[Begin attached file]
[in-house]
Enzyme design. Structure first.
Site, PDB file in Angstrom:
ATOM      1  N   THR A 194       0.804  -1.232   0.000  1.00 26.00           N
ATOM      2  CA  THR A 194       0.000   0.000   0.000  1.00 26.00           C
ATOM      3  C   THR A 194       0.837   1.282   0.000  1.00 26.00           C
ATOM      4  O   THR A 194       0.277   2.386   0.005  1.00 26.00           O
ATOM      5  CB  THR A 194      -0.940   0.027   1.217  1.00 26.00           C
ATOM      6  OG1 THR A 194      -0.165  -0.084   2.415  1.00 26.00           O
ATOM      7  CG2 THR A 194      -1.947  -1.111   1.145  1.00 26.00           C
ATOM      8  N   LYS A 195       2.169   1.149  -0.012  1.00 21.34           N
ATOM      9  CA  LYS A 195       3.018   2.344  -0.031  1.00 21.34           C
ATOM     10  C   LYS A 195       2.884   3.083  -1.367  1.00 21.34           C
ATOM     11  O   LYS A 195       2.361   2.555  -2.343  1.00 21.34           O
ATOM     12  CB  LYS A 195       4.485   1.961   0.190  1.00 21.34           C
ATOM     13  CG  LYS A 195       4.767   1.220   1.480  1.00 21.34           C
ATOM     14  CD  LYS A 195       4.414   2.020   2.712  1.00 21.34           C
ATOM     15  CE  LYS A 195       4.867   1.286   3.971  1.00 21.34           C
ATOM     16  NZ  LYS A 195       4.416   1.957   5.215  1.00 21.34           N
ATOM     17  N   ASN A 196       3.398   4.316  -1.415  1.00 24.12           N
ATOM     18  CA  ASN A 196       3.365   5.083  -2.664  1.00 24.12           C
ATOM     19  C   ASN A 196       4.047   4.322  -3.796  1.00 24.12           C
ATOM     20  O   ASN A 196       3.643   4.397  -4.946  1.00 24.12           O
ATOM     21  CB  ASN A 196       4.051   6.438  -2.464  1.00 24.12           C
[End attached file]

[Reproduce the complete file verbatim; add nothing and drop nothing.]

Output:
[in-house]
Enzyme design. Structure first.
Site, PDB file in Angstrom:
ATOM      1  N   THR A 194       0.804  -1.232   0.000  1.00 26.00           N
ATOM      2  CA  THR A 194       0.000   0.000   0.000  1.00 26.00           C
ATOM      3  C   THR A 194       0.837   1.282   0.000  1.00 26.00           C
ATOM      4  O   THR A 194       0.277   2.386   0.005  1.00 26.00           O
ATOM      5  CB  THR A 194      -0.940   0.027   1.217  1.00 26.00           C
ATOM      6  OG1 THR A 194      -0.165  -0.084   2.415  1.00 26.00           O
ATOM      7  CG2 THR A 194      -1.947  -1.111   1.145  1.00 26.00           C
ATOM      8  N   LYS A 195       2.169   1.149  -0.012  1.00 21.34           N
ATOM      9  CA  LYS A 195       3.018   2.344  -0.031  1.00 21.34           C
ATOM     10  C   LYS A 195       2.884   3.083  -1.367  1.00 21.34           C
ATOM     11  O   LYS A 195       2.361   2.555  -2.343  1.00 21.34           O
ATOM     12  CB  LYS A 195       4.485   1.961   0.190  1.00 21.34           C
ATOM     13  CG  LYS A 195       4.767   1.220   1.480  1.00 21.34           C
ATOM     14  CD  LYS A 195       4.414   2.020   2.712  1.00 21.34           C
ATOM     15  CE  LYS A 195       4.867   1.286   3.971  1.00 21.34           C
ATOM     16  NZ  LYS A 195       4.416   1.957   5.215  1.00 21.34           N
ATOM     17  N   ASN A 196       3.398   4.316  -1.415  1.00 24.12           N
ATOM     18  CA  ASN A 196       3.365   5.083  -2.664  1.00 24.12           C
ATOM     19  C   ASN A 196       4.047   4.322  -3.796  1.00 24.12           C
ATOM     20  O   ASN A 196       3.643   4.397  -4.946  1.00 24.12           O
ATOM     21  CB  ASN A 196       4.051   6.438  -2.464  1.00 24.12           C